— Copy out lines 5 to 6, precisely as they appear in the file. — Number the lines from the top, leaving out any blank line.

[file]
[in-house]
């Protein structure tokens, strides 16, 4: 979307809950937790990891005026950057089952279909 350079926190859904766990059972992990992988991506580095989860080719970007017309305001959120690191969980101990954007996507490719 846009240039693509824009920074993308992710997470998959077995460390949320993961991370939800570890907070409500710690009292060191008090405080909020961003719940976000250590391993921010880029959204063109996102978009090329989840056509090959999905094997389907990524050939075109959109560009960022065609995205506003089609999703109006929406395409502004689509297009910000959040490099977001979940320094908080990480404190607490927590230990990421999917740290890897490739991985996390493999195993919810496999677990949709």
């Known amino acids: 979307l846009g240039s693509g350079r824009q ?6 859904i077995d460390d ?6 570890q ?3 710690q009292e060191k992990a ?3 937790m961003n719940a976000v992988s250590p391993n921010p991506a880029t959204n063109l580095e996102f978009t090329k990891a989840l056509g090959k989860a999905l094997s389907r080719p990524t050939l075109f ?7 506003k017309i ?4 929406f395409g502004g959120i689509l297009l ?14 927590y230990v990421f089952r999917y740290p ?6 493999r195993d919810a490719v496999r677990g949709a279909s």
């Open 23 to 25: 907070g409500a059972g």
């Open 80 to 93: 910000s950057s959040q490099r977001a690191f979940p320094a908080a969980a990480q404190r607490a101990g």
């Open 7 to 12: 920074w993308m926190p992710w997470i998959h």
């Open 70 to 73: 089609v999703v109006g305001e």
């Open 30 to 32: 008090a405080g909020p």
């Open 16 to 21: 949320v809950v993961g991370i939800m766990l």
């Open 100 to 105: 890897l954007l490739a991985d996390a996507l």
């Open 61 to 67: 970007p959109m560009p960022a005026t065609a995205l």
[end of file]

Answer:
């Open 80 to 93: 910000s950057s959040q490099r977001a690191f979940p320094a908080a969980a990480q404190r607490a101990g």
């Open 7 to 12: 920074w993308m926190p992710w997470i998959h």